National Aeronautics and Space Administration (NASA), Langley Research Center (Hampton, VA).
What does this program measure?
We are measuring visible and near infrared radiation at 6 distinct visible and near infrared wavelengths using A Multi-Filter Rotating Shadowband Radiometer (MFRSR). The unit of measurement is watts per meter squared.
How does this program work?
The MFRSR, manufactured by Yankee Environmental systems, uses a set of six narrow band-pass filters to define the measured wavelengths. These filters are placed in front of silicone photo detectors which measure the incident radiant energy at the selected wavelength. Data is collected continuously at MLO.
Why is this research important?
These data are being collected to assess the long term stability of measurements made by several MFRSRs. The measurements are made at MLO because of the clean air and clear sky conditions which are found nowhere else. With the stable conditions available at MLO a good assessment of the condition of the measurement device can be made.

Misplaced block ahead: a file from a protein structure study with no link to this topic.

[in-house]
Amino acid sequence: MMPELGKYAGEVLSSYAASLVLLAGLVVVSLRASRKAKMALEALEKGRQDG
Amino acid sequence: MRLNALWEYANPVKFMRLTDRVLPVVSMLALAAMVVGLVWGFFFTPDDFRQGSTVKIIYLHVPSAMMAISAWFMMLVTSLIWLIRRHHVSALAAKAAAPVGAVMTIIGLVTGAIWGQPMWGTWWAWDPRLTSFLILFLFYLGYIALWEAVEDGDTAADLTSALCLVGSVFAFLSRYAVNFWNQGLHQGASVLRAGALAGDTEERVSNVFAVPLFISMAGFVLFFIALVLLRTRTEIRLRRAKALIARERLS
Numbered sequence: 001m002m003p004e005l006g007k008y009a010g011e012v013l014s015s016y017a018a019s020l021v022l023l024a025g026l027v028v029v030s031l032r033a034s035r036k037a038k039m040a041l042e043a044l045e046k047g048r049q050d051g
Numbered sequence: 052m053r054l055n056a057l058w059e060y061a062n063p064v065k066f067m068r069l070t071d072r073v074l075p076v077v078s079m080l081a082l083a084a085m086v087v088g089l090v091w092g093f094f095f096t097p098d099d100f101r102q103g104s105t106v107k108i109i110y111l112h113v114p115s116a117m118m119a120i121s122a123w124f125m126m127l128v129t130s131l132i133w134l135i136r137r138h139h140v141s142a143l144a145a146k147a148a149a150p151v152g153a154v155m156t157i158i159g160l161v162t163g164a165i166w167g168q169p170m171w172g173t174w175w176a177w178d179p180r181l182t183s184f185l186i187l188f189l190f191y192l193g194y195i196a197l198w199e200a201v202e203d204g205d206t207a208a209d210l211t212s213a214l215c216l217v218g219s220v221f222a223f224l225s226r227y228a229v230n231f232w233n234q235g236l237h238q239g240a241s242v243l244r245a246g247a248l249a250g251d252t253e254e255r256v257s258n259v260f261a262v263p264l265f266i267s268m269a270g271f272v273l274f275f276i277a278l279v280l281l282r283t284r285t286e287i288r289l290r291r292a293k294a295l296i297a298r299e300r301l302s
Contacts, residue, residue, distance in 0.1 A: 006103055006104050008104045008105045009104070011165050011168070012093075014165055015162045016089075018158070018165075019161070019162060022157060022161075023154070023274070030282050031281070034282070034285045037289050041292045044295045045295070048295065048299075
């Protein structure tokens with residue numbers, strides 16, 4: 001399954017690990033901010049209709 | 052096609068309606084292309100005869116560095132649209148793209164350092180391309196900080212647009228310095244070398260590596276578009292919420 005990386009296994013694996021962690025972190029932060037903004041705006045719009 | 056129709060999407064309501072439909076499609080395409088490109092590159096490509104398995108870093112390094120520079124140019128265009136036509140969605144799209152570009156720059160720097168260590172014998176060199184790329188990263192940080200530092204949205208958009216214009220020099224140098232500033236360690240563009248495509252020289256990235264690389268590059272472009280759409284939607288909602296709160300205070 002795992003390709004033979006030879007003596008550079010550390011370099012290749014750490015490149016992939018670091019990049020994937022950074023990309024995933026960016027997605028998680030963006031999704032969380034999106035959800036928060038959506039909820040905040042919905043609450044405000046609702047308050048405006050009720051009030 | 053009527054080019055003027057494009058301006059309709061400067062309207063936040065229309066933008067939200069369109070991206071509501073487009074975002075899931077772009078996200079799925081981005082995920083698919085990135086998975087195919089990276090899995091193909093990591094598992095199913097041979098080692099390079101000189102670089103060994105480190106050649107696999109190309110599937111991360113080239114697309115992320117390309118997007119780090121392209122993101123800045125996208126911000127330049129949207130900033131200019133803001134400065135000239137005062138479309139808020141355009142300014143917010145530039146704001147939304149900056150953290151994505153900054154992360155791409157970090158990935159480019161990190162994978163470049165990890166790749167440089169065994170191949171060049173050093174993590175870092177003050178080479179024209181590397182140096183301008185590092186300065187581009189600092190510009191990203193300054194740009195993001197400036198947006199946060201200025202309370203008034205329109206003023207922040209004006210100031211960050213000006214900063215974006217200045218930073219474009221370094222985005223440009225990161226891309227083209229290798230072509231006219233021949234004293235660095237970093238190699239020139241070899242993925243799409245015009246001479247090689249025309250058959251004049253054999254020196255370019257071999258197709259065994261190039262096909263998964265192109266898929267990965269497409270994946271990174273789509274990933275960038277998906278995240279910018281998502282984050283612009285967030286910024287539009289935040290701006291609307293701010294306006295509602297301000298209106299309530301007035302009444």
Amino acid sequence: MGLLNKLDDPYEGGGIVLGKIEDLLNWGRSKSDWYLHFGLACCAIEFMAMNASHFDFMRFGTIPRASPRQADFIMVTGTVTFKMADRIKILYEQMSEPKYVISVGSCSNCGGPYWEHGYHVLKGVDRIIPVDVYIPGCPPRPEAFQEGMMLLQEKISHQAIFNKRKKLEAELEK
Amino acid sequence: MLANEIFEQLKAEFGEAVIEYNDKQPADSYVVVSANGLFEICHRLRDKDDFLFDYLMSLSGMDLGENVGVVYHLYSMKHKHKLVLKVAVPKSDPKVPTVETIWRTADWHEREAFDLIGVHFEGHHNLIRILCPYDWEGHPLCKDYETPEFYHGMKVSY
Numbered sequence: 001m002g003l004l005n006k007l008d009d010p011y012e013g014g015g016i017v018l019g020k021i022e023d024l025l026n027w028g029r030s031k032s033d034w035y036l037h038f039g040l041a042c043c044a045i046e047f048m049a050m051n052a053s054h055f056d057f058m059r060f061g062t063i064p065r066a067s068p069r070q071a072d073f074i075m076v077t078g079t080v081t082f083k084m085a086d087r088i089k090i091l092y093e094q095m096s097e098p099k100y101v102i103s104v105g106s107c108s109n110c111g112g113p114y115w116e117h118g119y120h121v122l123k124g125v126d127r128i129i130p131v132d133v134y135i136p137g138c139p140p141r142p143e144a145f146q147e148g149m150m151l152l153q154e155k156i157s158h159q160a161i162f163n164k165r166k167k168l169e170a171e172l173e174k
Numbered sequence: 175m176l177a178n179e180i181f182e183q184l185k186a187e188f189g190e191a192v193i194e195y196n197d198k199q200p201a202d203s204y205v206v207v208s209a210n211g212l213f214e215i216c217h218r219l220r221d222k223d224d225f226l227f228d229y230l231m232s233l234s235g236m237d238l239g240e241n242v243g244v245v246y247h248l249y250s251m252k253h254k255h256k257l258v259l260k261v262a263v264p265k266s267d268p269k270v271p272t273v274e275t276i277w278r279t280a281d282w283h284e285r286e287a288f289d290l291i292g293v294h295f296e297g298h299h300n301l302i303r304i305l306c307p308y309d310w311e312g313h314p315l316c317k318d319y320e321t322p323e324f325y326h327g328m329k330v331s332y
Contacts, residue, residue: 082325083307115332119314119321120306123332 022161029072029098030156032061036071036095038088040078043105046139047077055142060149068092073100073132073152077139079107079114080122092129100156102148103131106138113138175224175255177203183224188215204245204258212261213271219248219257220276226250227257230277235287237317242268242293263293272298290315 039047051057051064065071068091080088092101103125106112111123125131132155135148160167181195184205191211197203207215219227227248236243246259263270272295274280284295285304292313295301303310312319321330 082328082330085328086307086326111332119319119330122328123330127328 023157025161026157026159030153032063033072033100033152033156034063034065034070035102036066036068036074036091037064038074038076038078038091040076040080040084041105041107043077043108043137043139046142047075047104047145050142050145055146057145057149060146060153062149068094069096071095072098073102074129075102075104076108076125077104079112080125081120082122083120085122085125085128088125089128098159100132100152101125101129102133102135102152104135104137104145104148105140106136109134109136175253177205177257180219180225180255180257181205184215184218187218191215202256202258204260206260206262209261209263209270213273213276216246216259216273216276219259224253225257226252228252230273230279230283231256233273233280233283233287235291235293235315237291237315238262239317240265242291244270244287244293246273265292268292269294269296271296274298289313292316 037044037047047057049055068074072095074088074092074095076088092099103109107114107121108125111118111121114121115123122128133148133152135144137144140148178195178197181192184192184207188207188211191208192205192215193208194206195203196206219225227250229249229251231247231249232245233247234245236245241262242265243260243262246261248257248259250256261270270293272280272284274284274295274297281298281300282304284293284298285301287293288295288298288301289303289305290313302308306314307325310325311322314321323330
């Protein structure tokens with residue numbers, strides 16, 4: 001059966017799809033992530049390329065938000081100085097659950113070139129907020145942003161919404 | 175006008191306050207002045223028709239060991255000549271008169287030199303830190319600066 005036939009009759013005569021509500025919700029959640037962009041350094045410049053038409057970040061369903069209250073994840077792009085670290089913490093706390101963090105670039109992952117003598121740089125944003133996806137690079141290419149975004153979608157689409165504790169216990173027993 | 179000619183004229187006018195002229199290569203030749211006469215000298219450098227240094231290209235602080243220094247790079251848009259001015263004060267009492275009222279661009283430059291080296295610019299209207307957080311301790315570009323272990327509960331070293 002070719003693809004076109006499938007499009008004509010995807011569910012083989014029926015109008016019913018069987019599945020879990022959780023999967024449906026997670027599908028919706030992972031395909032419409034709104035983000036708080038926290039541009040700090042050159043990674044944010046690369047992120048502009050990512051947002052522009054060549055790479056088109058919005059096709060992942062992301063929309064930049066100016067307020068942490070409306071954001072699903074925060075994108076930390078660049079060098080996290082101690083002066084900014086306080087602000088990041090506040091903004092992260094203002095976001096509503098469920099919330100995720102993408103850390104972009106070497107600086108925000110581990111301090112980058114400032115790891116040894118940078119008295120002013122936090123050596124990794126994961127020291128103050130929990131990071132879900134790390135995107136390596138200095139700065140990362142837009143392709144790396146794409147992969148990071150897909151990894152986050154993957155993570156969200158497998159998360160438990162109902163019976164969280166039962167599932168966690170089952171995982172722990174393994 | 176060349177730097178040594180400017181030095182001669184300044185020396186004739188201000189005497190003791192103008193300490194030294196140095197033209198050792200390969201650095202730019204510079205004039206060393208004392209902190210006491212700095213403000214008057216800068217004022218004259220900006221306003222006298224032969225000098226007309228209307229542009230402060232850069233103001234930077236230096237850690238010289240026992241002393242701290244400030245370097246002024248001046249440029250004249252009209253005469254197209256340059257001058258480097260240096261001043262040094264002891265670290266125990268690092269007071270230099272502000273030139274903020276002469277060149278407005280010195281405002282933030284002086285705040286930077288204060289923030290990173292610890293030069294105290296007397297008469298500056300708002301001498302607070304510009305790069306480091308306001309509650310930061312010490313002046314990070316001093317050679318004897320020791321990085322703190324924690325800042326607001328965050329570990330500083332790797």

Are there any trends in the data?
The MFRSRs have been shown to have small continuous changes in measurement stability over a period of several years.
How does this program fit into the big picture?
What is it's role in global climate change?
The measurements we make at MLO are used to calibrate and determine the long term stability of our Multi Filter Shadowband Radiometers. These MFRSRs are used in satellite ground truth studies for NASA’s Clouds and the Earth’s Radiant Energy System (CERES) project. These ground truth studies are preformed at the CERES Ocean Validation Site (COVE) site in the Atlantic Ocean approximately 25 kilometers east of Virginia Beach, Virginia USA. CERES is a high priority scientific satellite instrument which is now orbiting the Earth. CERES data are used to study the ways in which clouds may affect the Earth's climate.